—Each time that I walk through Santa Cruz del Norte (population 12,500, at the halfway point between the Cuban cities of Havana and Matanzas) I am reminded of Moscow.
The first balustrades that I remember are those of the granite observation deck in the Lenin Hills in Moscow, the city where I was born. From that vantage point there is an open view of the urban center with the gilded domes of the monasteries, the pointed tops of the Soviet skyscrapers of the fifties and the Kremlin in the distance.
When I first came across these balustrades as a child I was a firm believer that the modern geometric forms – angular, simple, and composed of straight lines, without adornment – had abolished forever the excesses of classicism, the gothic and baroque, those capitals and angel’s heads.
I didn’t know a darned thing about the exotic names used to describe architectonic styles, and they didn’t hold much importance for me. I lumped them all in the same bag, the bag of old things that you send to the attic.
For this reason, in that luminous decade of the seventies, the balustrades of Lenin Hills retained a kind of visual smell of things long kept, of that style of Soviet old age that I would later learn was called Stalinism.
To confirm my sense of smell, I delighted in detecting the places where a granite balustrade had been destroyed by some vandal and replaced by a bad copy made from painted wood.
Today, in Santa Cruz of the North, I find myself surprised by the quantity of balustrades that people have constructed in their homes. There are balustrades in the doorways and balconies, on terraces and stairways.
It’s like finding that recent/ancient “state of mind” called post-modernity – a mood that has already conquered old Moscow – anchored in the depths of this peaceful old Cuban fishing town as well. Today Santa Cruz has also come to be a sort of “bedroom community” that supplies labor to an important industrial municipality on the northern coast of Cuba.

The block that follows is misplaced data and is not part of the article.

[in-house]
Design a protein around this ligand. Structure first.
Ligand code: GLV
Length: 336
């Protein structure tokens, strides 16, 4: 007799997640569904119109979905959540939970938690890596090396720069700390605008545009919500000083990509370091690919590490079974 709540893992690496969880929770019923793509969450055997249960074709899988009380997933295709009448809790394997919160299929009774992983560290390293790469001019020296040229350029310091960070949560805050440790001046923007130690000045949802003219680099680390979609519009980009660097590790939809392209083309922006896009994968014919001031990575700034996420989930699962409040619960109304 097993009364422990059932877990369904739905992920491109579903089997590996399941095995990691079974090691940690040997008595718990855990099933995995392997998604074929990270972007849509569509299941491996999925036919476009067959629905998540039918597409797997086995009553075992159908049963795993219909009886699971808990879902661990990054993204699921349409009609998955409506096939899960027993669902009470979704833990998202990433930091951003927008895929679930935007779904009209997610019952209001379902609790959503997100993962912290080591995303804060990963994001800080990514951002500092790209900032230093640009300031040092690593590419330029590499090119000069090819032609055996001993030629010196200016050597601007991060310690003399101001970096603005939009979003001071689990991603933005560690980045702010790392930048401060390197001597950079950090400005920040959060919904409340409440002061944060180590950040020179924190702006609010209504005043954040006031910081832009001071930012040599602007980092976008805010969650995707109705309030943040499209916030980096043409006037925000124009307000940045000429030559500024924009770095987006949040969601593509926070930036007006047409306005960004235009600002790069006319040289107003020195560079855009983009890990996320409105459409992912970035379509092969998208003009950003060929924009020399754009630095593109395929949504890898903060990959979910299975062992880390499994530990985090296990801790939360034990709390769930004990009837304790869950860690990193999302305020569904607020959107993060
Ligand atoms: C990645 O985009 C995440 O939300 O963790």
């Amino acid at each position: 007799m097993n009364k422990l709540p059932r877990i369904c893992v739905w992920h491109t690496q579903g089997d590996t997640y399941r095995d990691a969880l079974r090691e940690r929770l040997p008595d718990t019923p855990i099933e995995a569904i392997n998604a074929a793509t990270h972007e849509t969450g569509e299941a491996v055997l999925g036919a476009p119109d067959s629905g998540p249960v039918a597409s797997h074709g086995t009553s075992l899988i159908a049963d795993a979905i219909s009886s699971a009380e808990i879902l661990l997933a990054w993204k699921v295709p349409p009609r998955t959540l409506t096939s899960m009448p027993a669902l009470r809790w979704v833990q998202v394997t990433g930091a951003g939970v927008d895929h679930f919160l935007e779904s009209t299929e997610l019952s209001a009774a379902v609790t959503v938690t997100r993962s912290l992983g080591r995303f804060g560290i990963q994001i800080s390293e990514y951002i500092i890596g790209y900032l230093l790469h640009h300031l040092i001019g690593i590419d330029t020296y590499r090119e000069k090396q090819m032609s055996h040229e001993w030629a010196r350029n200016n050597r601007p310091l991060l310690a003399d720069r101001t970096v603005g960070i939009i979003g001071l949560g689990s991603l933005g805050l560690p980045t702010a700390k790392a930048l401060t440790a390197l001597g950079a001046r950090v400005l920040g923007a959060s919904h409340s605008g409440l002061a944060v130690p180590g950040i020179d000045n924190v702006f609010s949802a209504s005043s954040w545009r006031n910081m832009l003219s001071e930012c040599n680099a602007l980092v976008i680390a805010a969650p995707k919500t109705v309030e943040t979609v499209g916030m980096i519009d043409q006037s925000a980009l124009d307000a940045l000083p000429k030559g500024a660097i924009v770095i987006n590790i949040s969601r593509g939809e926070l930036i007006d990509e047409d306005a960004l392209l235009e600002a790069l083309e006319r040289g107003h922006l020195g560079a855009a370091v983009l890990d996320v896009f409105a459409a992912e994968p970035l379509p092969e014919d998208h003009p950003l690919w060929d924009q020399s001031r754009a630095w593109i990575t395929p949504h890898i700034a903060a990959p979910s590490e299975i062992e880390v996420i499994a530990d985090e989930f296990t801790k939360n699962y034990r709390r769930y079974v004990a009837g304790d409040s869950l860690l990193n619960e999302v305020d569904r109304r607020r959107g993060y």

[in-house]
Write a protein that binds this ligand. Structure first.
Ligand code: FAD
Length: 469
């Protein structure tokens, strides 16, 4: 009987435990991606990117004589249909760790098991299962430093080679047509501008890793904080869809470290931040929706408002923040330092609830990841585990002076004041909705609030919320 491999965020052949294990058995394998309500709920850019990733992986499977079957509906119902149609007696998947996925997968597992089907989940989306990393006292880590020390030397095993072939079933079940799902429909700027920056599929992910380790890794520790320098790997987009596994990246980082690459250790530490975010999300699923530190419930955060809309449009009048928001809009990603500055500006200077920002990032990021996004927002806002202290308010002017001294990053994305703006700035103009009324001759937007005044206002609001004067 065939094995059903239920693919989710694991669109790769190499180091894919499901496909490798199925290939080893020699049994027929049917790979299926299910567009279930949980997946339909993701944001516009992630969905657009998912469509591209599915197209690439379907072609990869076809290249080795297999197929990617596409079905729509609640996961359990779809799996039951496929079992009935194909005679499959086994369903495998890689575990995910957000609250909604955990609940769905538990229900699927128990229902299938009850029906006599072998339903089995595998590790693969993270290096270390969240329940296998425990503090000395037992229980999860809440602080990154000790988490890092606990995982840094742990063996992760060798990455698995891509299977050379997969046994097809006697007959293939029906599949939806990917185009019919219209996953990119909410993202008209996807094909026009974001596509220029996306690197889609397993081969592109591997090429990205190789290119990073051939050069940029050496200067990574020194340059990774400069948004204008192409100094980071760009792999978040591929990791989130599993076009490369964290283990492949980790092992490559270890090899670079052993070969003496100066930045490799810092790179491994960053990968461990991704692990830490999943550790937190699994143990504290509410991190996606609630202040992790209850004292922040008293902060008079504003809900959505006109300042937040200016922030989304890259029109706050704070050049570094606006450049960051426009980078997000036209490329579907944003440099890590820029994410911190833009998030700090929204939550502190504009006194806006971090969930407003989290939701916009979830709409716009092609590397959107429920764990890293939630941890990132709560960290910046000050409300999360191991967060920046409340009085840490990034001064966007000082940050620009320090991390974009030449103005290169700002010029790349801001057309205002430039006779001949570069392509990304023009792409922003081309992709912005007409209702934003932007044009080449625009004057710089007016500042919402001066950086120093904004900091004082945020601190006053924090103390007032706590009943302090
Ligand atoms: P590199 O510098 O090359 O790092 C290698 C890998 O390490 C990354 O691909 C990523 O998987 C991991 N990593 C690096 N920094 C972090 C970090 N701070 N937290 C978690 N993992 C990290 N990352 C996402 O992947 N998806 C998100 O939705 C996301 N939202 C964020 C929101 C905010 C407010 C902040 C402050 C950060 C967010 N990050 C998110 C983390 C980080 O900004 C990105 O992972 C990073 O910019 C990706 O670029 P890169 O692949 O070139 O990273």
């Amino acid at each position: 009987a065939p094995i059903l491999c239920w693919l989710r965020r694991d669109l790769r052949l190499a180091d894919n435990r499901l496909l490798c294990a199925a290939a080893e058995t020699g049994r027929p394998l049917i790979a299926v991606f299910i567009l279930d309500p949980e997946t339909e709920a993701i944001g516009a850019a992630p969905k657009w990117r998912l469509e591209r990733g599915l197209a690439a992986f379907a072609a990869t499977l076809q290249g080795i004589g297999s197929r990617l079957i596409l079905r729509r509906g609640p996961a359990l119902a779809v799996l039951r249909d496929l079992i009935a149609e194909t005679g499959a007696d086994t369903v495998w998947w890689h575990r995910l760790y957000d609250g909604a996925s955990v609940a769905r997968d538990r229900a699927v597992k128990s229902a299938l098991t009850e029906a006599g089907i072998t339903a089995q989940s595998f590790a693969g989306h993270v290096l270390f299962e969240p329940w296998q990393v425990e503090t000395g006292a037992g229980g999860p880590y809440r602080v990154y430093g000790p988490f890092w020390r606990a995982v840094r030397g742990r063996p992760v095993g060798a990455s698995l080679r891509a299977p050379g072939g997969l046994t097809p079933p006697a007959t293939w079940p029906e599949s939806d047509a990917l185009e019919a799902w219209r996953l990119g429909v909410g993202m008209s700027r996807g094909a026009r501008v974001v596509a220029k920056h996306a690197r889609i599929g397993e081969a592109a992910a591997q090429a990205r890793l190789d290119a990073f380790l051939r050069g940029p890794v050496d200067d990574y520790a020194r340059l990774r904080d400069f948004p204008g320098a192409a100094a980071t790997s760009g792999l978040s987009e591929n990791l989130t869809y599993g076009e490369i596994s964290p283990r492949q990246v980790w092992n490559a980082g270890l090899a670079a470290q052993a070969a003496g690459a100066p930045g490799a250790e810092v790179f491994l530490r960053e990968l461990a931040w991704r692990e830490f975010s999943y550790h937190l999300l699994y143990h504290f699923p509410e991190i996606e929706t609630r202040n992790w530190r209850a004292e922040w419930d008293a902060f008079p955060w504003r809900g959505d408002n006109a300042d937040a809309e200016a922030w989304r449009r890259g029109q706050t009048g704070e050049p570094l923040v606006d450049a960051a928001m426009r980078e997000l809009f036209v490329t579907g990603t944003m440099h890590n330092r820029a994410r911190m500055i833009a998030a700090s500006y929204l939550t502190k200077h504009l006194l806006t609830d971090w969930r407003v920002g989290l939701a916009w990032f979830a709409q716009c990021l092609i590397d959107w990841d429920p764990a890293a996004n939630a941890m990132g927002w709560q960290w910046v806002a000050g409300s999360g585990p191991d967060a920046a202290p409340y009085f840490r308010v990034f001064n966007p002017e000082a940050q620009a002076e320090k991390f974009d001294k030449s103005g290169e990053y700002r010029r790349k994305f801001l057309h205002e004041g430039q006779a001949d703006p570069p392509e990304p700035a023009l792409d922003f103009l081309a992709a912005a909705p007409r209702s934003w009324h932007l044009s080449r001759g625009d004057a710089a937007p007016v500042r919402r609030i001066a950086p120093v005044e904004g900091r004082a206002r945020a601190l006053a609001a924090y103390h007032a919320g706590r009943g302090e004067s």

The balustrades are part of the new constructions undertaken on their own initiative by many Cubans. The chief materials are cement and at times plaster, the form is kitsch, and the aim is to reclaim a concept of beauty, and at the same time serve as a status symbol.
They make the balustrades by hand, although probably some state factories are also involved in the production. When money is lacking, the intervals between balustrades are excessively ample; when there is an excess, entire walls of balustrades appear, like a kind of exotic grating.
Many times they come accompanied by plaster chow chow dogs that are always looking to the same side, or by mermaids, busty caryatids with no arms, or dolphins trying but never succeeding in leaping onto the cement surface.
To cap off the insistence, the reconstructed site of the Military Command of Santa Cruz also proudly exhibits its balustrades.
Despite their discreet silence, the balustrades remind me of Reggaeton music; they are also marking the daily rhythms of those of us who inhabit this uncomfortable Caribbean island. They provide a visual rhythm that is almost omnipresent and that every day corrects the errors of my childish faith in the inexorable advance of modern forms. And while other forms pass on, they, like Reggaeton, seem to have come to stay.